How safe is RTD for students on campus?
IT PUTS STUDENTS IN DANGER
Opinion by LeShaye Williams
The Regional Transportation District, more commonly known as RTD, has described itself as being affordable, easy, and convenient. It is also self-described as safe, although that is false when considering more than just the ride from point A to point B.
RTD drivers are, of course, expected and required to safely operate their assigned vehicles, but if an incident occurs during transit, there is only so much they can do to intervene. Consequently, bus and train operators would need to make a call to dispatch for assistance, and in the meantime, any victim would have to hope that a bystander or fellow rider would be willing to get involved.
But RTD encompasses more than just the vehicles operated; the spaces run by RTD must also be accounted for. While there are several light rail stations and bus stops surrounding the CU Denver campus, making for convenient transportation, some of these bus stops are not located on sidewalks, but rather dirt sidings near the curb or close to highway on- and off-ramps. Add in some of the erratic weather that Colorado is known for, and students walking to and from campus are dealing with dangerous environments.
More specifically, Colfax at Auraria, central and familiar, is heavily used by both students and faculty alike. However, those that are not affiliated with the campus also frequent the stations and areas immediately adjacent. This can absolutely decrease safety for traveling into and out of campus.
Moreover, some stations are older and have not been fully updated with new lights or live-feed cameras, so students coming from out of the area have to take extra precautions for personal safety. For RTD, lighting has also been an on-going issue at the light rail stations and bus stops. As a result, this lack of proper lighting at stations and stops, as well as any connected parking lots, presents unsafe visibility conditions at night for both drivers and riders. And as mentioned before, if an incident occurs it is more difficult for bystanders to be able to more accurately identify faces and clothing.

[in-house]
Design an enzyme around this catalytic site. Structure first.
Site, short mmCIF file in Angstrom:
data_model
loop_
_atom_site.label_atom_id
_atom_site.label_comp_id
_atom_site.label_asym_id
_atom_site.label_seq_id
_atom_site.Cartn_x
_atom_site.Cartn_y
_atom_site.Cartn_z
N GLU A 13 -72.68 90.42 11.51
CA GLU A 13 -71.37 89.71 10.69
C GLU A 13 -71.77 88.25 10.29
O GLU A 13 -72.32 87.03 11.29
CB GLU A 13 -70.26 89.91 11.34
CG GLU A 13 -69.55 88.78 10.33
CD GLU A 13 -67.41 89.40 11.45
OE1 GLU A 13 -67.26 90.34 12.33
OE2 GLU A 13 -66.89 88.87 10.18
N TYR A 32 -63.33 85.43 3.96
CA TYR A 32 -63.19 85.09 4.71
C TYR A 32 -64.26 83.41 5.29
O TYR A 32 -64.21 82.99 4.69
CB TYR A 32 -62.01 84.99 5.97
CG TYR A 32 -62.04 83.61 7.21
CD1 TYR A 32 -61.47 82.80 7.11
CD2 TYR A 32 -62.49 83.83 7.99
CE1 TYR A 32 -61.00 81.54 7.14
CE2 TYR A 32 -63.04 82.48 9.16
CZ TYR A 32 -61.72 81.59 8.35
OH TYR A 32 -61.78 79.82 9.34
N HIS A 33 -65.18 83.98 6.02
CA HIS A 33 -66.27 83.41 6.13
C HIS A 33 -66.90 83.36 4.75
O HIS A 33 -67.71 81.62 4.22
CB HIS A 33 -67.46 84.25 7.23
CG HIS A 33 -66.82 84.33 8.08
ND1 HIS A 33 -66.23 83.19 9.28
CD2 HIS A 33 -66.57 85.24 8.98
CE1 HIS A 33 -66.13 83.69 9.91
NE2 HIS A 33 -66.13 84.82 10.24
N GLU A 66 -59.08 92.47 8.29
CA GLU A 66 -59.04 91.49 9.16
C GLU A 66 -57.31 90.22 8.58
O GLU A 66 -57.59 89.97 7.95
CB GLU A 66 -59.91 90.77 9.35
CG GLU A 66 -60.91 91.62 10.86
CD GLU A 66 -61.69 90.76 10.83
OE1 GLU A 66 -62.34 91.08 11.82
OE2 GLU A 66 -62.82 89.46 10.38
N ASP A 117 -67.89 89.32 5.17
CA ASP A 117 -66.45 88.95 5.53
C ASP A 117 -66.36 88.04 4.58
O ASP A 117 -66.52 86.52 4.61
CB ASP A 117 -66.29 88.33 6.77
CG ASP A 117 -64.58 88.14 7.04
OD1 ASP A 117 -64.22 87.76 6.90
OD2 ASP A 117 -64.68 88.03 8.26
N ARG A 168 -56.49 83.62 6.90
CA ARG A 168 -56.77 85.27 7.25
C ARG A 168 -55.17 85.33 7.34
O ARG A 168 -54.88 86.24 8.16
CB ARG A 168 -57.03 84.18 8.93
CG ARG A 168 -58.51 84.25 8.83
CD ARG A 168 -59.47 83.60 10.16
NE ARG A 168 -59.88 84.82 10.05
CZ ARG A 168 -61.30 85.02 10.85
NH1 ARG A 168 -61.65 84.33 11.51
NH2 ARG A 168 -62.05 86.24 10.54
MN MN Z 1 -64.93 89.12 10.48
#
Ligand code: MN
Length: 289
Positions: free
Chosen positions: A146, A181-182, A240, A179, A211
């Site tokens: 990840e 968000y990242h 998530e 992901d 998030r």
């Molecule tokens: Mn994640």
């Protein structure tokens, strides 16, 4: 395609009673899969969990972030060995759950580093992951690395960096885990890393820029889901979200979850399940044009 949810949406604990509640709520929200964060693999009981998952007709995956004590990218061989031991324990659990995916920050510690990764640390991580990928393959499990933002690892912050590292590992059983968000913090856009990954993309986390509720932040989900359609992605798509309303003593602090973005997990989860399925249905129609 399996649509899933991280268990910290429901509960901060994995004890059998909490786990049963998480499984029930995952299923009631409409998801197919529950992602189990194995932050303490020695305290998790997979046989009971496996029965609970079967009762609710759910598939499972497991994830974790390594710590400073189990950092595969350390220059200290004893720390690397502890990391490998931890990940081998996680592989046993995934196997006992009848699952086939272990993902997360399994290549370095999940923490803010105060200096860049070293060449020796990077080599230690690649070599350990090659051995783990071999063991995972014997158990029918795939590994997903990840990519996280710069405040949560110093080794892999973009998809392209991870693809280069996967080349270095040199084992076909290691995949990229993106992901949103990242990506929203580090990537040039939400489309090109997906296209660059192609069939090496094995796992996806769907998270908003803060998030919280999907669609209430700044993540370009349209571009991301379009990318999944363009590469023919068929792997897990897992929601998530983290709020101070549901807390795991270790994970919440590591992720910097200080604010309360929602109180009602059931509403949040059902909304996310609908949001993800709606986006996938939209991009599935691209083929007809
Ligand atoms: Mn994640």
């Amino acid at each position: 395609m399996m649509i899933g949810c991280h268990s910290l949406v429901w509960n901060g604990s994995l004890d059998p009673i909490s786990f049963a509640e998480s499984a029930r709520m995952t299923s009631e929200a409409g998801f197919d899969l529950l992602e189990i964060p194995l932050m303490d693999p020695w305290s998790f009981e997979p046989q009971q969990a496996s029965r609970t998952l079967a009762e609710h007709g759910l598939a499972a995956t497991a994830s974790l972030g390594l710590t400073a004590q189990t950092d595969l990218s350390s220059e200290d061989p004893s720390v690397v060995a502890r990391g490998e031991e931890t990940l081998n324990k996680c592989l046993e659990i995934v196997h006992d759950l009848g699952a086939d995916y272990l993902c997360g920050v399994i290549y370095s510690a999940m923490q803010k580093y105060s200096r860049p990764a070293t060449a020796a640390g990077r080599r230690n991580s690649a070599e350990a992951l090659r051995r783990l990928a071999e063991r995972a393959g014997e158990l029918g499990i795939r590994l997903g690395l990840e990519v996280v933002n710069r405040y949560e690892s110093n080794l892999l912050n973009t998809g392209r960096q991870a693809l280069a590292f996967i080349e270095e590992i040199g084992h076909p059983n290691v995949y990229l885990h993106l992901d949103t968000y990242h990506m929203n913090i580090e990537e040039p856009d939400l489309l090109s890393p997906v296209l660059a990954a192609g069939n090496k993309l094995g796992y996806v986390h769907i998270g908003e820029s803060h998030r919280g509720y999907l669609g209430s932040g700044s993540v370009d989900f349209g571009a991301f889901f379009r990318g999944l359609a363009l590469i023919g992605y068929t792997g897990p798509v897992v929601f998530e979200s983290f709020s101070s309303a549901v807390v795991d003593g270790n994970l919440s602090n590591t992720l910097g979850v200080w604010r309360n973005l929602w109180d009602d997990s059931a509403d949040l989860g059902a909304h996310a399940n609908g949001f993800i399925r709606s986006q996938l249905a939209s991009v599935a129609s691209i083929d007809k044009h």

IT OFFERS A VALUABLE SERVICE
Opinion by Alexander Elmore
Included with every student’s fees is an RTD pass which grants holders access to unlimited rides on busses and light rails throughout the municipality of Denver. It’s a wonderful asset that should be fully utilized by students, but some are concerned that public transportation is dangerous when it is not.
RTD is one of the most reliable transportation systems in the United States. According to MoneyTalkNews.com, Denver ranks at number 22 out of the top 30 best public transportation systems in the country as of May 2018. Auraria campus is the perfect hub to access RTD as the stations, especially the light rail stations, are well lit, easily accessible, and can be reached by campus police in a moment’s notice.
Drivers for RTD are highly qualified professionals who undergo extensive training. They are not allowed to use cell phones while on duty, and the number of hours the individual driver operates the transportation per day and per week are monitored to ensure that the driver is always fully alert and never worn out.
RTD security regularly checks passenger tickets to ensure that only those who are using the system to get from one place to another are on board, making it near impossible for loitering on the transportation. Passengers are also not allowed to occupy any transportation for a period of more than two hours unless there is an issue with the transportation itself, which rarely occurs. Additionally, drivers can alert security dispatch if there is a safety threat or disruptive passenger who can then be removed. The drivers can even inform security without alerting the disruptive person, which can prevent further escalation of the situation.
Passengers on RTD are prohibited from smoking any substance or drinking alcoholic beverages, and these passengers can and will be removed from the vehicle. Animals are also only allowed on transportation if they are, or are in training to be, as service animals, or are in proper animal containers. All these things add up to an environment in which there are no potential health threats to passengers.